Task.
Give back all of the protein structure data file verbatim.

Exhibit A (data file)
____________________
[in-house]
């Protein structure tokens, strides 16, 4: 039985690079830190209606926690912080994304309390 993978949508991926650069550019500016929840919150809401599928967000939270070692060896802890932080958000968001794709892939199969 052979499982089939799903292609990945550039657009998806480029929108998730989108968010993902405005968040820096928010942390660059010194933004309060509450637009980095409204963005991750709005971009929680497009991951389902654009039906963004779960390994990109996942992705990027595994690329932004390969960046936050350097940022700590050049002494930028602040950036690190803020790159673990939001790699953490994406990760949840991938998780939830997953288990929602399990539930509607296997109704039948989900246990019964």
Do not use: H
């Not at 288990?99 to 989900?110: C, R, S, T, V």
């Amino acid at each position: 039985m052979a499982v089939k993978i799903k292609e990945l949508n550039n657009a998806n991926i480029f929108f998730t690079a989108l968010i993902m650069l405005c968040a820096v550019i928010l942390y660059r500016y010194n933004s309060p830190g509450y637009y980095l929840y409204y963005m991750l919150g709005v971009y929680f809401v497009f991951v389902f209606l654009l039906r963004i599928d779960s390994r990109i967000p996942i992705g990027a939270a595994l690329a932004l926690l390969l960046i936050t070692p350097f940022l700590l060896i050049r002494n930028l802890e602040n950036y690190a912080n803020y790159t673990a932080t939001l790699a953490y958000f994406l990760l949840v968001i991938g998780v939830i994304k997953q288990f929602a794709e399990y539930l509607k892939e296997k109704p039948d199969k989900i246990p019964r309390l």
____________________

[in-house]
């Protein structure tokens, strides 16, 4: 039985690079830190209606926690912080994304309390 993978949508991926650069550019500016929840919150809401599928967000939270070692060896802890932080958000968001794709892939199969 052979499982089939799903292609990945550039657009998806480029929108998730989108968010993902405005968040820096928010942390660059010194933004309060509450637009980095409204963005991750709005971009929680497009991951389902654009039906963004779960390994990109996942992705990027595994690329932004390969960046936050350097940022700590050049002494930028602040950036690190803020790159673990939001790699953490994406990760949840991938998780939830997953288990929602399990539930509607296997109704039948989900246990019964």
Do not use: H
């Not at 288990?99 to 989900?110: C, R, S, T, V």
């Amino acid at each position: 039985m052979a499982v089939k993978i799903k292609e990945l949508n550039n657009a998806n991926i480029f929108f998730t690079a989108l968010i993902m650069l405005c968040a820096v550019i928010l942390y660059r500016y010194n933004s309060p830190g509450y637009y980095l929840y409204y963005m991750l919150g709005v971009y929680f809401v497009f991951v389902f209606l654009l039906r963004i599928d779960s390994r990109i967000p996942i992705g990027a939270a595994l690329a932004l926690l390969l960046i936050t070692p350097f940022l700590l060896i050049r002494n930028l802890e602040n950036y690190a912080n803020y790159t673990a932080t939001l790699a953490y958000f994406l990760l949840v968001i991938g998780v939830i994304k997953q288990f929602a794709e399990y539930l509607k892939e296997k109704p039948d199969k989900i246990p019964r309390l």